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British Industrial History

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Henry Smith Cropper

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Henry Smith Cropper (1839-1893) of H. S. Cropper and Co

1839 Born the son of John Cropper and his wife Harriet Hatton

1862 Married Mary Ellen Moore

1891 Living at 19 Private Road, Basford, Notts: Henry Smith Cropper (age 50 born Nottingham), Machine Builder, Iron Master and Employer. With his wife Mary Ellen Cropper (age 47 born Nottingham) and their four children; Sydney Harry Cropper (age 26 born Nottingham), Machine Builder and Iron Founder; Amy Florence Cropper (age 23 born Nottingham); Harriett Mabel Horsfall Cropper (age 18 born Nottingham); and Gertrude Nellie Horsfall Cropper (age 18 born Nottingham). Three servants. [1]

1893 Died

1893 Obituary [2]

The announcement, which appears in our obituary this morning, of the death of Mr. Henry Smith Cropper, 58, Mapperley-road, Nottingham, in the 54th year of his age, will be read with mingled surprise and regret by a large number of friends, not only Nottingham and district, but over a wide area.

Mr. Cropper, as the principal member of firm of machine builders, achieved much more than a mere local reputation. When in business in Hockley cycling became popular, and he was one of the pioneers the manufacture. That business, and the production of a roller skate which was considered improvement upon the Acme, in the days when "rinking" was all the rage, necessitated removal from Hockley more extensive premises Great Alfred street.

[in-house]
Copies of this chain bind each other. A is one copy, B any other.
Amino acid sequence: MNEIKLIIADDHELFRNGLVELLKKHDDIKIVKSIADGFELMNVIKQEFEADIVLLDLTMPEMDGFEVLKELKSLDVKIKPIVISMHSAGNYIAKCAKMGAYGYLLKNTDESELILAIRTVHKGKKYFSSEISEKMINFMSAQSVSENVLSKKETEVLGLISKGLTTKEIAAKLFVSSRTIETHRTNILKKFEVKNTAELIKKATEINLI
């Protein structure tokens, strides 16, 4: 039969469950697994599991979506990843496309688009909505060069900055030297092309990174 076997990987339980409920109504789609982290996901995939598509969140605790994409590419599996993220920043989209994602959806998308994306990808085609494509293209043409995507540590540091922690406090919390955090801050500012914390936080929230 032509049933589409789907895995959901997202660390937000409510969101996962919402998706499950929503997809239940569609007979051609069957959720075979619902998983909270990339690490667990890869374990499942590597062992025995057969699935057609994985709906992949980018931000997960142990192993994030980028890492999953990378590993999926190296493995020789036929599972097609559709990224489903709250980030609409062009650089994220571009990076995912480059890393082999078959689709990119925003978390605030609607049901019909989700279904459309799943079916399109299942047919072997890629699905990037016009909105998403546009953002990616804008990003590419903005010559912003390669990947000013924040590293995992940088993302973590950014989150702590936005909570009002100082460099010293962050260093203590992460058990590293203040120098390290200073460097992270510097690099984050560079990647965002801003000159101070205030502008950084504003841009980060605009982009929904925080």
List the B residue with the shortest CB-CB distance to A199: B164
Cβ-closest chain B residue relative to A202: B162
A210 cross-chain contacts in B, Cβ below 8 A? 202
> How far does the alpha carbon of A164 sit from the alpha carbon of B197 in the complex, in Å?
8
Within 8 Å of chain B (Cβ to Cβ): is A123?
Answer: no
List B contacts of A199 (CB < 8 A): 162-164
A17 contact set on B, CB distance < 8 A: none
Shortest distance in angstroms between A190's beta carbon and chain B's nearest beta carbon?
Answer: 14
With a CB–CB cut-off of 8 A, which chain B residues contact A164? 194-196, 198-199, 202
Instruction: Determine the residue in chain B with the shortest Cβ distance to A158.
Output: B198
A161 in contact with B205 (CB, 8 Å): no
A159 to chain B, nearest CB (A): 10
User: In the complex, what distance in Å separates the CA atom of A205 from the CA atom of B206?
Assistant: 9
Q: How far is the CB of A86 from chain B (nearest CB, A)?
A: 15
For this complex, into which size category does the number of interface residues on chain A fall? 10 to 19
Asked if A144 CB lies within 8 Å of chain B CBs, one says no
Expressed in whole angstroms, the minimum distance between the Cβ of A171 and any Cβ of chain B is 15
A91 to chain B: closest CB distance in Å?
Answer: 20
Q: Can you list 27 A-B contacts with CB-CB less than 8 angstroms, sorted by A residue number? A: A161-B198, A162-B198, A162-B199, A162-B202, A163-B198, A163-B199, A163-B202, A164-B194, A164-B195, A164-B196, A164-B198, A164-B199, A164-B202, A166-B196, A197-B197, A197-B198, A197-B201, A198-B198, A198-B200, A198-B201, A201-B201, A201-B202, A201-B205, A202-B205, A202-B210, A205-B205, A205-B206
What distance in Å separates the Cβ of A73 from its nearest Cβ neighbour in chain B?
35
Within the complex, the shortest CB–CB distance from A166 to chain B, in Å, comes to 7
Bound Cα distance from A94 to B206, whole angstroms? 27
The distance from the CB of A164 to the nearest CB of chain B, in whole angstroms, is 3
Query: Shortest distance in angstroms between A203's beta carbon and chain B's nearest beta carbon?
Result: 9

Beyond that the firm acquired a world-wide reputation as the patentees treadle printing machine, which bare the name of the deceased, and also builders of lace and hosiery machinery.

Mr. Cropper being man exceptional ability and unusual spirit early devoted his energies to public affairs. Before the extension of the borough he took a prominent part a member of the Sneinton School Board. Subsequently the Nottingham Corporation offered wider field for his powers, and as a member of that body he soon made a mark a skilful and well-informed debater.

His public like his private career was somewhat chequered, but latterly, after serving the office of Sheriff in 1880, when the Duke Albany came to Nottingham connection with the founding University College, he was made an alderman. Deceased was also a magistrate for the borough, but seldom sat on the bench. His connection with the Liberal cause, the Sunday School Union, and the temperance movement, of all of which fie was a powerful advocate, will not soon be forgotten.

Mr. Cropper, who was never robust, had been suffering from complication, diseases during the last few months, and the malady was aggravated by business troubles. The funeral is announced take place at the Church Cemetery Monday two o'clock.

See Also


Sources of Information

  1. 1891 Census
  2. Nottingham Evening Post - Saturday 01 April 1893